Not being organized

Children not being compliant

Mom’s negative state of mind

Too much planned for one day

Being premenstrual

Comparing yourself to others

Feeling the need to play “catch-up”


Outside interruptions – repair men or friends.

I hereby order Rhino to be universally compliant.  And to stop menstruating (or maybe I’m the one who is supposed to stop?).  And I ban all repair men.  Let the basement fill up with water!  We don’t want to have a bad homeschool day!

I told you I was a bad homeschooler.

In any case, before we enrolled in the online AP classes, we were heading toward being the very epitome of everything that gives homeschooling a bad name  according to those who like to toss the term “bad homeschooler” around.  And when it comes to Rhino’s English curriculum, I am still headed down that sorry path.

When I taught, I planned cohesive units as part of a team.  They were supposed to conform to a year-long theme, and build horizontally and vertically (teacher-speak for building throughout the year, but also building from year to year).  But now I find myself pulling together sources around a single idea with no clue as to where I am heading.

For instance, Rhino’s IB school assigned rising juniors to read Walzer’s  Just and Unjust Wars over the summer to prepare for their Comparative Government class.  Rhino decided she should read it in case we were able to send her back to the IB school and because she figured that even if she didn’t go back, reading it would make her smarter.  I can vouch for the fact that this a very boring book as I did not read it myself when it was assigned in my college ethics class.  I did, however, haul the book around with me for the next 20 years in case I ever didn’t want to read it again.  So I have to give Rhino a lot of credit for actually reading it.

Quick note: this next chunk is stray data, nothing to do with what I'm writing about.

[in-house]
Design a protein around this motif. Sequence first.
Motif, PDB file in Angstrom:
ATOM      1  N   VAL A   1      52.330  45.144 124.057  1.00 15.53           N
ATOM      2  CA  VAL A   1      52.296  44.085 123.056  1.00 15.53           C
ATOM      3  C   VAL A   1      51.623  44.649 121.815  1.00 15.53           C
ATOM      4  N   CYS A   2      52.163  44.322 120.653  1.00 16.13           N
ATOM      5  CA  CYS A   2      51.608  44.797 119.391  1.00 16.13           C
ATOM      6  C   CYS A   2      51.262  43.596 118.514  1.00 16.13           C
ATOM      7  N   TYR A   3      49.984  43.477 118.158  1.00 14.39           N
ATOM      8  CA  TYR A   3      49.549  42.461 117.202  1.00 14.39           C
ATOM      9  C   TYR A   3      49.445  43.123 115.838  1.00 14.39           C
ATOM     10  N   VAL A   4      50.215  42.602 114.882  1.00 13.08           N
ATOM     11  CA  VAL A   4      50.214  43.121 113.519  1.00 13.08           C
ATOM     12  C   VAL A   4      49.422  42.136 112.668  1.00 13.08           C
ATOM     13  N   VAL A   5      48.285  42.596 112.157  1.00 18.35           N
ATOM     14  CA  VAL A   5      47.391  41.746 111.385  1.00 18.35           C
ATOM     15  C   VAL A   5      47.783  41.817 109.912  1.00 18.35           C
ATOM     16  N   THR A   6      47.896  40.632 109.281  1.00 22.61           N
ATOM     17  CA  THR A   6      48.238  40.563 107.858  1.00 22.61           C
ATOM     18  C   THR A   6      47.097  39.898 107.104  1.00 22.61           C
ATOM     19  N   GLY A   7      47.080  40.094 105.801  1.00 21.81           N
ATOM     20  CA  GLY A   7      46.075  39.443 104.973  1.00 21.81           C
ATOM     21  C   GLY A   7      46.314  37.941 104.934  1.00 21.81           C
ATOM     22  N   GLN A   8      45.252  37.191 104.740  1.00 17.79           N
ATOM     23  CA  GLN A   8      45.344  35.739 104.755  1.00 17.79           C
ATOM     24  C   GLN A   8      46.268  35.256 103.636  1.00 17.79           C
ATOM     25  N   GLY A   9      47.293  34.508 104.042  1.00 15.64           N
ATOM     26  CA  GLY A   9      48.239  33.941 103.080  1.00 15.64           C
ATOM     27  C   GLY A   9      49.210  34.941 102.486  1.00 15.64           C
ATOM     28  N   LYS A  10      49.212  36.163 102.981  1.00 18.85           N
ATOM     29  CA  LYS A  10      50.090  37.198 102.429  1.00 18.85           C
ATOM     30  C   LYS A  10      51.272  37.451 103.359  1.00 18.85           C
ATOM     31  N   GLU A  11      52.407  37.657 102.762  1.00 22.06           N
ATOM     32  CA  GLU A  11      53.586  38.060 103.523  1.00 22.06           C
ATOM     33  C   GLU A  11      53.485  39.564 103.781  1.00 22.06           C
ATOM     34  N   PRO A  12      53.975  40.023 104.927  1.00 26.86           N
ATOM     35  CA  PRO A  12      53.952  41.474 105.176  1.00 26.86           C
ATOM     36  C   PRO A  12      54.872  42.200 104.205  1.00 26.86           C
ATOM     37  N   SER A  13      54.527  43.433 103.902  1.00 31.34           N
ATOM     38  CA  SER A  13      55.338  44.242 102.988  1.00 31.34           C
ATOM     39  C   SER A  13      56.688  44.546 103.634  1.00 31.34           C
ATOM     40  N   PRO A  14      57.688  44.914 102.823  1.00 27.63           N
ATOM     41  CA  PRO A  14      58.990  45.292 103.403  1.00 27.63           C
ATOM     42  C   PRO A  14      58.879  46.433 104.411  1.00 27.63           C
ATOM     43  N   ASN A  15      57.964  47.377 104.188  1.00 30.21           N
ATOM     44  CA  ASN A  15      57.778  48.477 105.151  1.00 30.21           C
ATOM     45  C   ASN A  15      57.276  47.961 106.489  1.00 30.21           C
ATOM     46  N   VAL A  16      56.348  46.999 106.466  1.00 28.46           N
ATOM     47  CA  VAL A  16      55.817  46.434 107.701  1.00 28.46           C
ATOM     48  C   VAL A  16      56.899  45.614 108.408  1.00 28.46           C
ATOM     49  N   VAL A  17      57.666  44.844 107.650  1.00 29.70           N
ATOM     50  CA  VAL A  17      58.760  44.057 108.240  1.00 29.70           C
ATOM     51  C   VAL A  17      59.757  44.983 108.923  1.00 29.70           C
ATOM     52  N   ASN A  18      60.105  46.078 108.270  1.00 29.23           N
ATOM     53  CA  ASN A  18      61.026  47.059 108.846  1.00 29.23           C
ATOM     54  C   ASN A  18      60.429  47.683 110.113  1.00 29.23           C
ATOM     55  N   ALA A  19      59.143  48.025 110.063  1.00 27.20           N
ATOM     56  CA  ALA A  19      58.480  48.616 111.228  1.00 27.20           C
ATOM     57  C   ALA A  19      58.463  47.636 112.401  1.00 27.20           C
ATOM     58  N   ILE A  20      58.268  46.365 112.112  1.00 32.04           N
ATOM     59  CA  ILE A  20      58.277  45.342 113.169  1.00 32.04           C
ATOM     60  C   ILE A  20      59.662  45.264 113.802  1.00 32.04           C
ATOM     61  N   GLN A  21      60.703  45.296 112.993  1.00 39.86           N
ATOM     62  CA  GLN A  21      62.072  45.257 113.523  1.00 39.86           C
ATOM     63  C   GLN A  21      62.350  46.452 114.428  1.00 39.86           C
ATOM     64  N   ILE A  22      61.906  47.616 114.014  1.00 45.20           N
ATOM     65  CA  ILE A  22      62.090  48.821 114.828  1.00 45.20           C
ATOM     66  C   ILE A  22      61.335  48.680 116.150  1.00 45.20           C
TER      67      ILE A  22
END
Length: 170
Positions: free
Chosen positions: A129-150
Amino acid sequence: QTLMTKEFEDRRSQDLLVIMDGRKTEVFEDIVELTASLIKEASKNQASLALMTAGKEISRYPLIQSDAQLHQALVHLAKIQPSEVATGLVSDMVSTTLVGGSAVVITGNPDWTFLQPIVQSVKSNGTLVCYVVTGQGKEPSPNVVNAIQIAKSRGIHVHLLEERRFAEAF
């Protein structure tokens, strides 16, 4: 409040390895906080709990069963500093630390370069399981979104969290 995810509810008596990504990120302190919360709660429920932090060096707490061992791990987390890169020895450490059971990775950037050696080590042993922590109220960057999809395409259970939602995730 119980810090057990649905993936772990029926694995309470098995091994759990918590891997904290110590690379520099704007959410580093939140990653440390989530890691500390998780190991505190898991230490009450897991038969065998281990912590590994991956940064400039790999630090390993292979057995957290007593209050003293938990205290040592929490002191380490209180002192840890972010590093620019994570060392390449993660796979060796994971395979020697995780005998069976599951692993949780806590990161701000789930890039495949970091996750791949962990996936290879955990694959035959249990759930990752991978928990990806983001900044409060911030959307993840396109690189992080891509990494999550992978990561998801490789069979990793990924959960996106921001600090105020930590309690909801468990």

Then I thought she could do a unit on war.  I did attend the ethics class and remember the professor specifically referencing Walzer’s antipathy for the Vietnam War.  I assigned Rhino to read In Country by Bobbie Ann Mason, as I remembered that the character was wrestling with the repercussions of the Vietnam War in her life and that she visits the Vietnam War Memorial at the end of the book.  We live in a city within reasonable distance of Washington, D.C.—Rhino could visit the memorial!  Then I remembered a short story about soldiers in the Vietnam war by Tim O’Brien called “The Things they Carried.”  Rhino read this and liked it so much that she began reading other stories in the book.  

Then I remembered that Walzer does not think all wars to be unjust, and that I seemed to remember my professor using World War II as Walzer’s example of a just war.  Philip Roth’s story “Defender of the Faith” takes place during World War II, so Rhino read that.  And then I thought that Cold Mountain is a good book and has a strong female character (as does In Country), thus showing the impact of war for those others than the soldiers themselves.  The Civil War also seems like a good one to test our family’s pacifist tendencies.  That seemed important, so now Rhino is reading Cold Mountain.  

Then I had an inspiration that after finishing Cold Mountain and visiting the memorial (and perhaps visiting all of the war memorials!  and the Lincoln memorial! and the Star Spangled Banner at the newly re-opened American History Museum!) Rhino could write a paper.  It could be about applying the concept of just and unjust wars to the repercussions of war for society and for individual people, including those who stayed home.  She could use the characters from the novels and stories as examples and incorporate information she learned from visiting the memorials.

I actually think I managed to put together a thought-provoking and well-rounded unit.  But I have no idea where we’re going from here.  I don’t have another book in mind that I didn’t read.  Rhino has thought about following along with the IB English class with her friends who are still in school.  And I thought perhaps I might try to pull something together on multicultural literature, as this is a requirement for the Nebraska ISHS.  

Or maybe we’ll do something else.  Like Shakespeare plays—Rhino could incorporate seeing live productions.  And there are a lot of great Shakespeare play movies—she could compare interpretations.  And she could read King Lear and Jane Smiley’s A Thousand Acres.  Or we could read some of the history plays and compare the values espoused by the characters to what she is learning in her AP Government class.  Or we could explore the theme of “Lord what fools these mortals be.”  

You see what I mean about the willy nilly.  I am obviously on a path to godlessness.  Or maybe I’m just premenstrual with too much planned for one day and a negative state of mind.  Or I’m playing catch-up and have too many friends.  And we’ve been having problems with dishes not getting clean in the top rack of the dishwasher.  

I think I’ll call a repair man.